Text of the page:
After graduating from Scripps College in California and the Publishing Procedures Course at Radcliffe, Eliot moved to New York City, where she worked at several publishing houses, including Simon & Schuster and Doubleday, and at Time Inc.
She later moved to Massachusetts with her husband and two children to become public relations director and humanities teacher at the Great Barrington Rudolf Steiner School and later at the Great Barrington Waldorf High School. Courses she has taught include: History Through Language, The Novel – Graham Greene, The Odyssey, Parzival, Romance Literature, Shakespeare, World Religions, and a wide variety of creative writing courses. She has also held adult seminars and workshops for aspiring and published writers on various aspects of being a writer, including technique, creativity, publishing, marketing, and promotion.
A world traveler, she lived for several years in Greece, Italy, Spain, and England. She spent a year with her family on a freighter traveling from Greece to Japan. Her travels have taken her to sacred sites around the world, including the caves of Ajanta and Ellora in India, Delphi in Greece, the great pyramids of Egypt, Stonehenge and other sacred stone circles in the West Country of England, and many more places. She has even traveled north of the Arctic Circle on an expedition through Scandinavia, and she spent several months in Japan, visiting Zen gardens and temples.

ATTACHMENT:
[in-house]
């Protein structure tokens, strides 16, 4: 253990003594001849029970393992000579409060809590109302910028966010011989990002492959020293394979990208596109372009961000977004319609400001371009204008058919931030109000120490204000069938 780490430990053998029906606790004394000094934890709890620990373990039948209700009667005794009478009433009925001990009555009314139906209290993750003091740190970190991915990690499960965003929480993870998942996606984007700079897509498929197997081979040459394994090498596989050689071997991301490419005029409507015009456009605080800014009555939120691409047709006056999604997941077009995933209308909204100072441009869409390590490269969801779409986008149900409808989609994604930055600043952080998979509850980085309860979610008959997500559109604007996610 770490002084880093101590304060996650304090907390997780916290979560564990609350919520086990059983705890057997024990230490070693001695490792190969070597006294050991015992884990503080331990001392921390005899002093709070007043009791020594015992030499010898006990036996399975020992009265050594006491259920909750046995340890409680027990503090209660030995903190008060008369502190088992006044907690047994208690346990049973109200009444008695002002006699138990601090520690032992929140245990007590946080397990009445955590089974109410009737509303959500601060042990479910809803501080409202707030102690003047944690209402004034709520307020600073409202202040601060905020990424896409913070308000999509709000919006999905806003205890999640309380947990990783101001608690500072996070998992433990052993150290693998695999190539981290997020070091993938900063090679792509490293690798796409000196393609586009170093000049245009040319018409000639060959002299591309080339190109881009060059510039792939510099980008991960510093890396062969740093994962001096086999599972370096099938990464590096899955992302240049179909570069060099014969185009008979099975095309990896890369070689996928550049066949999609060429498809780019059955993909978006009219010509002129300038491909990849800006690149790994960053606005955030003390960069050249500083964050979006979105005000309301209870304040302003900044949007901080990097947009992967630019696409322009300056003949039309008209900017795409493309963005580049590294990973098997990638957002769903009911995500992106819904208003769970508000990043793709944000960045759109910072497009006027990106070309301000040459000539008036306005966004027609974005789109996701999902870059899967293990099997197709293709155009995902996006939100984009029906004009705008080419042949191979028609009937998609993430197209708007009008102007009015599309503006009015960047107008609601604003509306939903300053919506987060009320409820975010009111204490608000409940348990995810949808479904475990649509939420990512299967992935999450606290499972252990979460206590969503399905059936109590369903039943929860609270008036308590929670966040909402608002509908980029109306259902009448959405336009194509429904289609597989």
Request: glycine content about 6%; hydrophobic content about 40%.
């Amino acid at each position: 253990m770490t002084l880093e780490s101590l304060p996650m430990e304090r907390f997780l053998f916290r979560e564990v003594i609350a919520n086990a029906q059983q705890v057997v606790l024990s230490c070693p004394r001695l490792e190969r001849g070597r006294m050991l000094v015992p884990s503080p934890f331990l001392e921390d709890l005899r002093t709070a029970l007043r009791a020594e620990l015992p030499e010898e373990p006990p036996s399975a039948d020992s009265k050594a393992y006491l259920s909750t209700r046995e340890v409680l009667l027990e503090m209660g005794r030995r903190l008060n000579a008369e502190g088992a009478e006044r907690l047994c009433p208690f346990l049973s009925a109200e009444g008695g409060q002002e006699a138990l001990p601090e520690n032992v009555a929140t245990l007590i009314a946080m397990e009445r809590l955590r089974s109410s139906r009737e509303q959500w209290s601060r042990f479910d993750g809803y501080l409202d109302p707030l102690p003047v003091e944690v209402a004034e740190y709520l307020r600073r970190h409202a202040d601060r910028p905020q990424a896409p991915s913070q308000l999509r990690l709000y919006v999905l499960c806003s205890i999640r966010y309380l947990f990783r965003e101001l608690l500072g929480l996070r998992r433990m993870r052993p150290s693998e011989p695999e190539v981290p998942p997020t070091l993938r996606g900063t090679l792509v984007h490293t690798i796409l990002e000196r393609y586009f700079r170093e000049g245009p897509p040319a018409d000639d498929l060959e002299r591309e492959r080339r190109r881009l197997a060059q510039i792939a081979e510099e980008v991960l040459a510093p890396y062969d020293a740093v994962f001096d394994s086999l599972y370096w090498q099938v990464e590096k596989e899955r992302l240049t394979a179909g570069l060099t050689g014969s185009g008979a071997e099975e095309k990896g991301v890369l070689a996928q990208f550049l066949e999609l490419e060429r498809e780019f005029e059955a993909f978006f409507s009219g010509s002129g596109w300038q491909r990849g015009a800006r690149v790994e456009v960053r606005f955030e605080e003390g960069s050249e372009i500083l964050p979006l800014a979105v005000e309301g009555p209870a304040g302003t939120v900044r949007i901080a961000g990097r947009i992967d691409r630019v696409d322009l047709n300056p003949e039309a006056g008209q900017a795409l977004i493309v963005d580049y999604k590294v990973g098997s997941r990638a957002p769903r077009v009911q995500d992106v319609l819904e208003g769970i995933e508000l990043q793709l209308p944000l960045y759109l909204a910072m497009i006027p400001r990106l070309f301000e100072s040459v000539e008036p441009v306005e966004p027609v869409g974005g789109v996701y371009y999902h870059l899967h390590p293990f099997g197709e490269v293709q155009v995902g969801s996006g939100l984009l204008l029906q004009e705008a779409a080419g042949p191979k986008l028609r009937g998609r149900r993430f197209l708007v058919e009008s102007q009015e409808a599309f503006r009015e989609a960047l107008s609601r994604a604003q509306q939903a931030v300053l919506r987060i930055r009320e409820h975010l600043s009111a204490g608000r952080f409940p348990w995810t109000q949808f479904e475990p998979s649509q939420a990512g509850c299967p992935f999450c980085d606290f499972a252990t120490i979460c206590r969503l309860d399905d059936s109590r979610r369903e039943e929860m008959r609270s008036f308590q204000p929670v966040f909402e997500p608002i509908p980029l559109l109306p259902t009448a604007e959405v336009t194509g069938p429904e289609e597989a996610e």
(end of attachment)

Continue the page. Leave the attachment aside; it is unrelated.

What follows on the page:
Eliot’s talent and interests come naturally: She is the heir of a long line of distinguished writers and educators. She is the daughter of Alexander Eliot, former Art Editor of Time Magazine and the writer Jane Winslow Eliot. Her great-great-grandfather, Charles W. Eliot, was president of Harvard for fifty years and revamped the American college Liberal Arts curriculum. He was also famous for establishing the “five-foot shelf,” a still-utilized collection of essential books. Her great-great grandmother, Ada Davenport Kendall was a leading journalist who spent several months in prison for protesting in support of women’s suffrage. Another ancestor, John Eliot, translated the Bible into Algonquin in the seventeenth century. Her favorite fiction writer of all time is her grandmother, Ethel Cook Eliot, who wrote children’s books (The House Above the Trees, The Wind Boy), teenage mysteries, and adult novels (Ariel Dances, Green Doors).
Eliot taught English and worked as the Community Relations Director for the Honolulu Waldorf School in Hawai’i from 2005 to 2007. Currently she is writing and teaching in Western Massachusetts.